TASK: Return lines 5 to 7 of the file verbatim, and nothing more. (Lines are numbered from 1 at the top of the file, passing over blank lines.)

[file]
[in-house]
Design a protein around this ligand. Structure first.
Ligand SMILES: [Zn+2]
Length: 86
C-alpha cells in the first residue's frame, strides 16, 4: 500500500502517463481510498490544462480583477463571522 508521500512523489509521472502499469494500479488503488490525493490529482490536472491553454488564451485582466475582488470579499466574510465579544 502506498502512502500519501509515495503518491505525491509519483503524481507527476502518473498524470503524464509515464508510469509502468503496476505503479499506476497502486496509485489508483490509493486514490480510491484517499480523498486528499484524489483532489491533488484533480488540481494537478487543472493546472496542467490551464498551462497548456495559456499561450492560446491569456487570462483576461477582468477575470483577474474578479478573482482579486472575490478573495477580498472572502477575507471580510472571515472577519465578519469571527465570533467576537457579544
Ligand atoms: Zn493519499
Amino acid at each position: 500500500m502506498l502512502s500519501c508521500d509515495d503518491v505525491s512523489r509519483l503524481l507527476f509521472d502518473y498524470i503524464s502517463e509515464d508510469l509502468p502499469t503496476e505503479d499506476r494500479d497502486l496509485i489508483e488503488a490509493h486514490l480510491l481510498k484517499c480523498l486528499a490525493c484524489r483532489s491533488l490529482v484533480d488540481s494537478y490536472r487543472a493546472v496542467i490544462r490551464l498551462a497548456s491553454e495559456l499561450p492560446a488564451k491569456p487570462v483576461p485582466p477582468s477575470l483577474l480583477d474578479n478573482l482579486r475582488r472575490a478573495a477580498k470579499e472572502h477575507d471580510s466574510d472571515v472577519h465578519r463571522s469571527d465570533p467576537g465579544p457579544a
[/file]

C-alpha cells in the first residue's frame, strides 16, 4: 500500500502517463481510498490544462480583477463571522 508521500512523489509521472502499469494500479488503488490525493490529482490536472491553454488564451485582466475582488470579499466574510465579544 502506498502512502500519501509515495503518491505525491509519483503524481507527476502518473498524470503524464509515464508510469509502468503496476505503479499506476497502486496509485489508483490509493486514490480510491484517499480523498486528499484524489483532489491533488484533480488540481494537478487543472493546472496542467490551464498551462497548456495559456499561450492560446491569456487570462483576461477582468477575470483577474474578479478573482482579486472575490478573495477580498472572502477575507471580510472571515472577519465578519469571527465570533467576537457579544
Ligand atoms: Zn493519499
Amino acid at each position: 500500500m502506498l502512502s500519501c508521500d509515495d503518491v505525491s512523489r509519483l503524481l507527476f509521472d502518473y498524470i503524464s502517463e509515464d508510469l509502468p502499469t503496476e505503479d499506476r494500479d497502486l496509485i489508483e488503488a490509493h486514490l480510491l481510498k484517499c480523498l486528499a490525493c484524489r483532489s491533488l490529482v484533480d488540481s494537478y490536472r487543472a493546472v496542467i490544462r490551464l498551462a497548456s491553454e495559456l499561450p492560446a488564451k491569456p487570462v483576461p485582466p477582468s477575470l483577474l480583477d474578479n478573482l482579486r475582488r472575490a478573495a477580498k470579499e472572502h477575507d471580510s466574510d472571515v472577519h465578519r463571522s469571527d465570533p467576537g465579544p457579544a